Doctors Can Expect Pressure to Compete Under MACRA Changes

Tony Hagen @oncobiz
Published: Sunday, May 10, 2015
Dr. Blase N. Polite

Blase N. Polite, MD, MPP

The signing of the Medical Access and CHIP Reauthorization Act of 2015 (MACRA) ends the yearly nightmare of congressional budget wrangling associated with the Sustainable Growth Rate (SGR) formula, but it will intensify the pressure on both physicians and the Centers for Medicare & Medicaid Services (CMS) to achieve a leaner, more effective health payment system. Oncologists and other physicians need to acquaint themselves with the new legislation, and if they have any ideas for improvement, those need to be registered with CMS quickly, advises Kavita Patel, health policy scholar and managing director Clinical Transformation at the Brookings Institution, an independent research organization.

The clock is ticking, Patel warns. “Like many things in Washington, it took a long time for us to get to this stage where we had an SGR fix, but the timeline for this is pretty aggressive. By the fall of this year CMS has to deliver on some of these programs, so the time for feedback is right now. Doctors should become familiar with the provisions in this legislation, and respond to it quickly.”

MACRA eliminates an unwieldy formula for determining physician Medicare payments and brings doctors a big step closer to what the Department of Health and Human Services has envisioned as a value-based care environment. Signed into law last month by President Obama, the legislation contains a broad set of incentives for doctors to meet performance measures, which are designed to end the practice of relying on volume of care to build up revenues.

“I think this will really up the stakes for us, and I hope this will bring us to the stage in 2019 where we have much more flexibility to innovate with ideas that are coming from the ground up,” Blase N. Polite, MD, MPP, chair of the Government Relations Committee for the ASCO, told Oncology Business Management.

CMS Will Be Listening

Polite, a medical oncologist with University of Chicago Medicine, is optimistic that the level of involvement physicians had in helping to design MACRA and the changes that were incorporated into the $200-billion-plus spending measure mean that CMS will be more receptive to physician input in the future as the incentive plan is refined. Patel agrees that physicians do have an ear at CMS. “I do think that CMS has an intention of working with doctors to achieve a balance. It is just as all things are: the devil is in the details. There are a lot of aspects of this legislation that CMS has to turn into policy, so I do think the dialogue with CMS right now is pretty important.” That being said, these changes have been legislated, and CMS is under a mandate to implement them, Patel says.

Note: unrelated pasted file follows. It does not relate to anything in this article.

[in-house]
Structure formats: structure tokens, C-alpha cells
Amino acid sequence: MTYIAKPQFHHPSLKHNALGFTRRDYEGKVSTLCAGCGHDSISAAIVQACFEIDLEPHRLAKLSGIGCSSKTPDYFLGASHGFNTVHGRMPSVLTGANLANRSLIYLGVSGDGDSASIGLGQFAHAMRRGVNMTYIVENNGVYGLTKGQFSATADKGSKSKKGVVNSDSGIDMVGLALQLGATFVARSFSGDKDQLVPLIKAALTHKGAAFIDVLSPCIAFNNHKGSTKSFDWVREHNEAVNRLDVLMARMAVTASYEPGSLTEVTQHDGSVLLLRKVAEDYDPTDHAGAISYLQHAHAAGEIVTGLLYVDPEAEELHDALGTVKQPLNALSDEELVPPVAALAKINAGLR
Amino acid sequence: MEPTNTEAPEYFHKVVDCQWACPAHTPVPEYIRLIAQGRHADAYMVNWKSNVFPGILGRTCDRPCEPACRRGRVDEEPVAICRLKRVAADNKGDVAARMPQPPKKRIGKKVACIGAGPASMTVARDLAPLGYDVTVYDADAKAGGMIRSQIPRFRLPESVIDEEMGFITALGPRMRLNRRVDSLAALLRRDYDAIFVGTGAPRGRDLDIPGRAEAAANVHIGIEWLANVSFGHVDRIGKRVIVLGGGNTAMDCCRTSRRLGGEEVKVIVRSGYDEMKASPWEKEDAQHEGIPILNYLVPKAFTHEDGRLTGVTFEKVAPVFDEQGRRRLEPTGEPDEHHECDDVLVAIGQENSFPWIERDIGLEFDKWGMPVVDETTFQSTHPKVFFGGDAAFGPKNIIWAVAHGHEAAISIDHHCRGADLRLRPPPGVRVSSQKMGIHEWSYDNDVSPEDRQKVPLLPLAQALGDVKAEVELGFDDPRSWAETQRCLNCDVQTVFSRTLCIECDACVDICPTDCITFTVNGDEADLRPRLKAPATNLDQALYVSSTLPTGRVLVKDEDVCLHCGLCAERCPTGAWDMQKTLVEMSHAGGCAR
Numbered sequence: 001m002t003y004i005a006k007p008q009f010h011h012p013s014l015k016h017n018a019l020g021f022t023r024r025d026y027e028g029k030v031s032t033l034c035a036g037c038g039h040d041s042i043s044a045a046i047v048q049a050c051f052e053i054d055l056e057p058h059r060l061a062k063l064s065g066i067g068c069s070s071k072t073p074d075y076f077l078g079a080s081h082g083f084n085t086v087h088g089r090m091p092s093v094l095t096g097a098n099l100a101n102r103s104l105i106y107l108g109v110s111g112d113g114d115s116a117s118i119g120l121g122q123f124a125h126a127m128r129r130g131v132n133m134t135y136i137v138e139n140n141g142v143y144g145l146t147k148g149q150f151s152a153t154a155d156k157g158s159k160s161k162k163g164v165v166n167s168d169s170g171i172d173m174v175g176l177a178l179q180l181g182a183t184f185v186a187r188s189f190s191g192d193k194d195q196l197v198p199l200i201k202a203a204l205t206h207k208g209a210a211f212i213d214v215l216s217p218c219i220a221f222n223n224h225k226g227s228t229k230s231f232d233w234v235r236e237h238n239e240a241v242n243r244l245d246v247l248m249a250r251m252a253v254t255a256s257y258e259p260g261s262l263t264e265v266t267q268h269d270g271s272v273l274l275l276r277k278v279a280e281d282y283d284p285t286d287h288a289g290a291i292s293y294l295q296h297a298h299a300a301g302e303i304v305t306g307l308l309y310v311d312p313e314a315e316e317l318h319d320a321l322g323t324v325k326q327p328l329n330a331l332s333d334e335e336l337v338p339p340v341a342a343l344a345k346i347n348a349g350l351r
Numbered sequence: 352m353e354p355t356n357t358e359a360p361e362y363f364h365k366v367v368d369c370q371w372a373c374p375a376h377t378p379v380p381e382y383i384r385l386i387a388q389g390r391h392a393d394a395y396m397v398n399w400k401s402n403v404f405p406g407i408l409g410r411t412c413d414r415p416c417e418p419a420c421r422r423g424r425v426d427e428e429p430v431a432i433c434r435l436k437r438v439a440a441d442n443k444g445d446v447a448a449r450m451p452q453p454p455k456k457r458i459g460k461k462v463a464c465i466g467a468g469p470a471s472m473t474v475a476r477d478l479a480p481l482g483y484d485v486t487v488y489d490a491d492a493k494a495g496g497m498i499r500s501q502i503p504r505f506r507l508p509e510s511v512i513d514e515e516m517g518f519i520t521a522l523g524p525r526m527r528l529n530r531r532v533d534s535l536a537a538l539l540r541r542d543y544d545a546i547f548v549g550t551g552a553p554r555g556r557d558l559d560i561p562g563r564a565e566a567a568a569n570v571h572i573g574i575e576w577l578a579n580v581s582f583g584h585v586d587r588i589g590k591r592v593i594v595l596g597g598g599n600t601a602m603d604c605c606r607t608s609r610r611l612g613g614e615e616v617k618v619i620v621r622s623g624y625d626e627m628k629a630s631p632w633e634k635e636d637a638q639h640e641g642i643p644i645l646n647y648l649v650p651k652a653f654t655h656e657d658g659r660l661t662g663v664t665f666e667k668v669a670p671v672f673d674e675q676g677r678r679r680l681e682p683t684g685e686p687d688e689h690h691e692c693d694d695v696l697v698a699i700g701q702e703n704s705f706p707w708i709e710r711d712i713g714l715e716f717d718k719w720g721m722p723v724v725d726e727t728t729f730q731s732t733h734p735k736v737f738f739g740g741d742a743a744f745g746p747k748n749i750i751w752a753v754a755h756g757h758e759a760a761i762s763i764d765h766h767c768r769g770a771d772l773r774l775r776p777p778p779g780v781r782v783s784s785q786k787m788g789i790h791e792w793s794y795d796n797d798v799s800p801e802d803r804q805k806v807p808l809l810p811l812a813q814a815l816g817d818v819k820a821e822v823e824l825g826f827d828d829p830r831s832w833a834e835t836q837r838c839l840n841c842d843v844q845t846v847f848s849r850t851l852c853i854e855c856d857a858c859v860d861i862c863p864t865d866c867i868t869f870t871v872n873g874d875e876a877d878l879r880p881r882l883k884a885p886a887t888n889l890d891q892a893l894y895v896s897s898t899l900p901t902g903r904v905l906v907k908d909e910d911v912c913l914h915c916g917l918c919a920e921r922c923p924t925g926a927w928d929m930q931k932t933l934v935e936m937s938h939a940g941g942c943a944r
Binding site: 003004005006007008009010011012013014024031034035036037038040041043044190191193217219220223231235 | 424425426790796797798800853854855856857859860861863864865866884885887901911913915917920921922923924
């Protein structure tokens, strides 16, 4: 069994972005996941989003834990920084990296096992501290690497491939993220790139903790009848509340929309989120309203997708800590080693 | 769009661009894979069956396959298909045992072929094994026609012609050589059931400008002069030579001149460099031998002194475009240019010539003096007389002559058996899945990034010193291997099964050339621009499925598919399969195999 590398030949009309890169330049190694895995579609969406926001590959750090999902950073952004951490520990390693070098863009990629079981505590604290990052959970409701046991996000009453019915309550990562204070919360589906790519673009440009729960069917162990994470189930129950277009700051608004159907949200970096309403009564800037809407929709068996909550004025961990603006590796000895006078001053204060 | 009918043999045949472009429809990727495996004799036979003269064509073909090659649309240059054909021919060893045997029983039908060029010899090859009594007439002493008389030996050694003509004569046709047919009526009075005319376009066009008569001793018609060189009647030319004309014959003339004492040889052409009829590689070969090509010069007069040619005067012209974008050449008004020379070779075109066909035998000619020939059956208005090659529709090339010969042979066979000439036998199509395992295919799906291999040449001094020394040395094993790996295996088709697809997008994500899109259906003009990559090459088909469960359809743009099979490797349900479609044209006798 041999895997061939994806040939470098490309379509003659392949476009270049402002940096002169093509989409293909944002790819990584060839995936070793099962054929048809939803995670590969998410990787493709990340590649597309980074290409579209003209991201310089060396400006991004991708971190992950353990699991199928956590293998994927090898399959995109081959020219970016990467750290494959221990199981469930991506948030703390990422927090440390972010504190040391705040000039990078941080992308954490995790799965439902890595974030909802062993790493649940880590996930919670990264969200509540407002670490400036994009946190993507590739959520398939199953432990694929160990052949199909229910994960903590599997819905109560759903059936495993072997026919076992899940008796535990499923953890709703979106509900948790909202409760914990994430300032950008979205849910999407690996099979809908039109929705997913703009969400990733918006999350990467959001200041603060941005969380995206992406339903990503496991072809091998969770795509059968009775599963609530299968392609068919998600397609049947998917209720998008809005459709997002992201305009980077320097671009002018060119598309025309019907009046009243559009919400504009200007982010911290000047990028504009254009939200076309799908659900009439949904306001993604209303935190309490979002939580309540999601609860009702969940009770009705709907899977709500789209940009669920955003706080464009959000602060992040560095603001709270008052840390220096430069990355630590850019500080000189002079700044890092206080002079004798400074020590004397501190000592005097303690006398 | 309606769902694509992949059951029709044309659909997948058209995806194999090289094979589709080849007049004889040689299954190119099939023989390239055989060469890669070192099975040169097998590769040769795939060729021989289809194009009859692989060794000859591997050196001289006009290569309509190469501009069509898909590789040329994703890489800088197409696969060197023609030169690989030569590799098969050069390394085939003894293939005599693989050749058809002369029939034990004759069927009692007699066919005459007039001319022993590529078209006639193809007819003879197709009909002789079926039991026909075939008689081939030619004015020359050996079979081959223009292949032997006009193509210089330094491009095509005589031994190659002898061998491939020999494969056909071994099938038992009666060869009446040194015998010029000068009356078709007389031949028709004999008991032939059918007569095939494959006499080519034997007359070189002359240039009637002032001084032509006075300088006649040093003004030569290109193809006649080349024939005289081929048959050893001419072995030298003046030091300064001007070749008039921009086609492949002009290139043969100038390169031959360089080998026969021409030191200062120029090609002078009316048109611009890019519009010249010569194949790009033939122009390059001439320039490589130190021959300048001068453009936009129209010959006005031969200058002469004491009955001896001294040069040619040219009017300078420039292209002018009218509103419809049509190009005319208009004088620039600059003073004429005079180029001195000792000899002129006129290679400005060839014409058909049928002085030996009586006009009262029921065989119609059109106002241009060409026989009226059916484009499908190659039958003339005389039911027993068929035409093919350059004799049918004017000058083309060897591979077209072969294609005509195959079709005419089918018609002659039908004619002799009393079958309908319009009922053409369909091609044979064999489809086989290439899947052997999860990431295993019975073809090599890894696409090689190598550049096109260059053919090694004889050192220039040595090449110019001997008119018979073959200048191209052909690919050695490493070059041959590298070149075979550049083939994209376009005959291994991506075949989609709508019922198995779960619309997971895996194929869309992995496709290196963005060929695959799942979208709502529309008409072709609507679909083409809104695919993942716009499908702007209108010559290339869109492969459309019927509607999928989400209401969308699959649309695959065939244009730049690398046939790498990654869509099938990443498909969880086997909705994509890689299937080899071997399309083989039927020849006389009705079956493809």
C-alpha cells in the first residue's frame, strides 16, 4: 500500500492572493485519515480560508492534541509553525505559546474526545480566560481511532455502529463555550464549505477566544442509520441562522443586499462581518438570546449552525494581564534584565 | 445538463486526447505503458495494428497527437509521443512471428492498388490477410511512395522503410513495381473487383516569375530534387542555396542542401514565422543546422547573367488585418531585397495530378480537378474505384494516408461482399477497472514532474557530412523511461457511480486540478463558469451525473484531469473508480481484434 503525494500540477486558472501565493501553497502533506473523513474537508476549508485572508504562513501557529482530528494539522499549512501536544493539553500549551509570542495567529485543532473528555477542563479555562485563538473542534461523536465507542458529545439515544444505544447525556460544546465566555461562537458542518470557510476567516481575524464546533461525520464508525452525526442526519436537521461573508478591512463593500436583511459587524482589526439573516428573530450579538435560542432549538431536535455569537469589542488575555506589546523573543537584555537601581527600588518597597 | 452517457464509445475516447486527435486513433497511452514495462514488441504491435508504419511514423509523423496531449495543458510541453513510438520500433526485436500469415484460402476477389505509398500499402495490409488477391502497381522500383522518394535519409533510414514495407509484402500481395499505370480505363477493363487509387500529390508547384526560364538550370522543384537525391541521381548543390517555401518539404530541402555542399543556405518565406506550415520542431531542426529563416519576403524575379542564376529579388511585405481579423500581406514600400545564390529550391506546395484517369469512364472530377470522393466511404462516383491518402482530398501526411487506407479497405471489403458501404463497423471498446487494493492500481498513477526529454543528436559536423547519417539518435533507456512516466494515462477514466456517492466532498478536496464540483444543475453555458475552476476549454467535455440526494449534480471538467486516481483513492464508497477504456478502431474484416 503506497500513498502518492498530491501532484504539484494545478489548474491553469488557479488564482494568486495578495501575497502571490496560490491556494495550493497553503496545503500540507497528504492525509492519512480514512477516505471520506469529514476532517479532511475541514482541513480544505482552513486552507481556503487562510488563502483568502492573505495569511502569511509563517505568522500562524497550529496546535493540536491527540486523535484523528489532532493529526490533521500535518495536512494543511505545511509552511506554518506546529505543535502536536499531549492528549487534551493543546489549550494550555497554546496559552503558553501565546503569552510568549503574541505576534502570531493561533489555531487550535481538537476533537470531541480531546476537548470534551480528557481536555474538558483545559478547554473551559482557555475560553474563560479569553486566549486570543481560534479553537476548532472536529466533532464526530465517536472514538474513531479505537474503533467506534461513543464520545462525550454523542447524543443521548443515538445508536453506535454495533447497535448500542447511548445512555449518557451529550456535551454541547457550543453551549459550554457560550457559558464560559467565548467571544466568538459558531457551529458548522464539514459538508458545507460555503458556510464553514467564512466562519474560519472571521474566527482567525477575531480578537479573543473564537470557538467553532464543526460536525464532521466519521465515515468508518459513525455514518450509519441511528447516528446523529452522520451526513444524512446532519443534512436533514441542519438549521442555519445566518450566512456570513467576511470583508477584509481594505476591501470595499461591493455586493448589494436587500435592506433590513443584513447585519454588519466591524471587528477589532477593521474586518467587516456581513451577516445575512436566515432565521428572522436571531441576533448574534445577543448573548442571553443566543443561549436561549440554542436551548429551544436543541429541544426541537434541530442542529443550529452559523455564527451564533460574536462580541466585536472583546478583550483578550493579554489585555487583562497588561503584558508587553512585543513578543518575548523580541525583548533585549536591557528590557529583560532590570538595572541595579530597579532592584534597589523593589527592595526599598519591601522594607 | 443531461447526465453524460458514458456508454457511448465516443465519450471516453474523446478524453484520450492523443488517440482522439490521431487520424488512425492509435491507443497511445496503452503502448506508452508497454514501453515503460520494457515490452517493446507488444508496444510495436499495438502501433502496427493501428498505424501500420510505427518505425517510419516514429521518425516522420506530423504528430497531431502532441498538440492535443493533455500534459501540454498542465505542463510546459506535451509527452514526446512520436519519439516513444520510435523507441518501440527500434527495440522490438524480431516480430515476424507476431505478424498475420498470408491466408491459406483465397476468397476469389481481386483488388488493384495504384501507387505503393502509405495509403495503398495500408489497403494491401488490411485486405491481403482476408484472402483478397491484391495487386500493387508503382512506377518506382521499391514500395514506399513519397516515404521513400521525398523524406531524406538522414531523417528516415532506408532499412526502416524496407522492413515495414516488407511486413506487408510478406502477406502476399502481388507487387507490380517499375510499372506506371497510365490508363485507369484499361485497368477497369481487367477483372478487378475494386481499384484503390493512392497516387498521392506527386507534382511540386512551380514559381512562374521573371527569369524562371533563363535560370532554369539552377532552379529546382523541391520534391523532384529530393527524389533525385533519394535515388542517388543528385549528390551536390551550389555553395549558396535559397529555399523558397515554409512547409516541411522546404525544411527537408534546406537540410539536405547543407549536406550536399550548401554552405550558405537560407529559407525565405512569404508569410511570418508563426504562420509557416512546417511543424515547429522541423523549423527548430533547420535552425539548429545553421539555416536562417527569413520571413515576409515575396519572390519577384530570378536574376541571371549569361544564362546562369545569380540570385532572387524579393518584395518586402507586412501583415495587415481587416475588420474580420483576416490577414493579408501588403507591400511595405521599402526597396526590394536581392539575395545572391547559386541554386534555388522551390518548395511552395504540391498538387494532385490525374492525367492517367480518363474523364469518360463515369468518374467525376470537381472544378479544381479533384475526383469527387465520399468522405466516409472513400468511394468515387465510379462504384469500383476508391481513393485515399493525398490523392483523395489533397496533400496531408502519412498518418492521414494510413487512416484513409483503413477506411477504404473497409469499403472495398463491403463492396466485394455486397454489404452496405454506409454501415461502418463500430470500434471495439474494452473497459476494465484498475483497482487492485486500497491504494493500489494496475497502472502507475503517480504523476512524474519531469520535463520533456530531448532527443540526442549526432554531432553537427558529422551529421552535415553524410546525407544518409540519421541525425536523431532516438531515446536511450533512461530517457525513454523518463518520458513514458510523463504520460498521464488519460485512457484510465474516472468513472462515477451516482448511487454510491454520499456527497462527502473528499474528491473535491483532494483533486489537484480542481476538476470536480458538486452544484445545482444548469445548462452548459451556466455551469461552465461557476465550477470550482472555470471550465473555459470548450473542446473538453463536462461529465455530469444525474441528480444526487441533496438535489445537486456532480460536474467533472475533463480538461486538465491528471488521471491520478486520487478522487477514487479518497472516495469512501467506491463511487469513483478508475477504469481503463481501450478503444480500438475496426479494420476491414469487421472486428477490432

Kavita Patel

The SGR, designed to keep physician payments in line with inflation and the gross domestic product, was blasted for its reliance on huge congressional spending adjustments each year to avoid wild swings in physician compensation. This year, a threatened 21.2% SGR cut in spending helped to prompt movement on the repeal measure.

The replacement package involves $175.4 billion in additional spending over 10 years to keep physician payments stable and to incentivize improvements in coordination, efficiency, and quality of care delivered. The bill also would temporarily extend the Children’s Health Insurance Program (CHIP) and a number of other expiring provisions related to Medicare, Medicaid, and certain grant programs.

An analysis by the Congressional Budget Office has predicted that through 2025, MACRA will increase direct spending by about $145 billion and revenues by about $4 billion, causing a net increase in federal budget deficits of $141 billion.1

The program will lead to modest improvements in physician pay over the next several years, with much higher increases and also bonuses to kick in later, based on measures of performance and whether physicians participate in alternative payment models (APMs), which CMS believes will be key to cost-efficient high quality care.

Steep Pay Cuts Are Possible

Some of the pay adjustments that may result could reduce CMS compensation for physician services by up to 9%, but Polite notes that there are opportunities for physicians to receive fairly substantial pay increases and bonuses. “Those at the top end could receive as high as a 27% bump,” he says (Figure). Those who enter the APMs may eventually qualify for 5% bonuses that are based on their Medicare payments over the previous year.

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